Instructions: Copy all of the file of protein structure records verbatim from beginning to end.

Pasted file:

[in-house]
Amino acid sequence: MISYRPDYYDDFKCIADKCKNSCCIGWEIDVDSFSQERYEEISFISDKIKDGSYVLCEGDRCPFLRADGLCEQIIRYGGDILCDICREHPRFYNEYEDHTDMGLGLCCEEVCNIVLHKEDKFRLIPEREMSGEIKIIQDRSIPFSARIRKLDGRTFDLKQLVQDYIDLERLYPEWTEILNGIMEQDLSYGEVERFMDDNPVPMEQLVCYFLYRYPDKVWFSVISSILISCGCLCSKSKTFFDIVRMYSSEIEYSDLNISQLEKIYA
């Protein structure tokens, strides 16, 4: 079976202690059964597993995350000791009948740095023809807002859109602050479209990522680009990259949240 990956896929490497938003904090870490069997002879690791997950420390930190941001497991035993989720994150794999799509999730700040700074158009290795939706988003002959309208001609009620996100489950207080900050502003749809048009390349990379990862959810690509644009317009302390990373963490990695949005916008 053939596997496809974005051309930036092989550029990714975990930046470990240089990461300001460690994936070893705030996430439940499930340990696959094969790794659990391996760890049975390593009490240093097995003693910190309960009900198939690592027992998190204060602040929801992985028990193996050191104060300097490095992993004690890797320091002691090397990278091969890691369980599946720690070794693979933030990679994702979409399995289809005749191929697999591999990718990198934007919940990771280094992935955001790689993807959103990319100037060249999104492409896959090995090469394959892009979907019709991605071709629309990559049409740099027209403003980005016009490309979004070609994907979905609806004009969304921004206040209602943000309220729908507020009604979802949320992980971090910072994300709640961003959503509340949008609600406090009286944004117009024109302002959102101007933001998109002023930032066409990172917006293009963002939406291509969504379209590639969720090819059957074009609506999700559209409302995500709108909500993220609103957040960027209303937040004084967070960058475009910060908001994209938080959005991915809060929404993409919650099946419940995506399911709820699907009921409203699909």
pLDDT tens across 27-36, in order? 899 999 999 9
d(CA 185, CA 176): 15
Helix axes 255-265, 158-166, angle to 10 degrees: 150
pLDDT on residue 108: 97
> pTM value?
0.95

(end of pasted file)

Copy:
[in-house]
Amino acid sequence: MISYRPDYYDDFKCIADKCKNSCCIGWEIDVDSFSQERYEEISFISDKIKDGSYVLCEGDRCPFLRADGLCEQIIRYGGDILCDICREHPRFYNEYEDHTDMGLGLCCEEVCNIVLHKEDKFRLIPEREMSGEIKIIQDRSIPFSARIRKLDGRTFDLKQLVQDYIDLERLYPEWTEILNGIMEQDLSYGEVERFMDDNPVPMEQLVCYFLYRYPDKVWFSVISSILISCGCLCSKSKTFFDIVRMYSSEIEYSDLNISQLEKIYA
């Protein structure tokens, strides 16, 4: 079976202690059964597993995350000791009948740095023809807002859109602050479209990522680009990259949240 990956896929490497938003904090870490069997002879690791997950420390930190941001497991035993989720994150794999799509999730700040700074158009290795939706988003002959309208001609009620996100489950207080900050502003749809048009390349990379990862959810690509644009317009302390990373963490990695949005916008 053939596997496809974005051309930036092989550029990714975990930046470990240089990461300001460690994936070893705030996430439940499930340990696959094969790794659990391996760890049975390593009490240093097995003693910190309960009900198939690592027992998190204060602040929801992985028990193996050191104060300097490095992993004690890797320091002691090397990278091969890691369980599946720690070794693979933030990679994702979409399995289809005749191929697999591999990718990198934007919940990771280094992935955001790689993807959103990319100037060249999104492409896959090995090469394959892009979907019709991605071709629309990559049409740099027209403003980005016009490309979004070609994907979905609806004009969304921004206040209602943000309220729908507020009604979802949320992980971090910072994300709640961003959503509340949008609600406090009286944004117009024109302002959102101007933001998109002023930032066409990172917006293009963002939406291509969504379209590639969720090819059957074009609506999700559209409302995500709108909500993220609103957040960027209303937040004084967070960058475009910060908001994209938080959005991915809060929404993409919650099946419940995506399911709820699907009921409203699909």
pLDDT tens across 27-36, in order? 899 999 999 9
d(CA 185, CA 176): 15
Helix axes 255-265, 158-166, angle to 10 degrees: 150
pLDDT on residue 108: 97
> pTM value?
0.95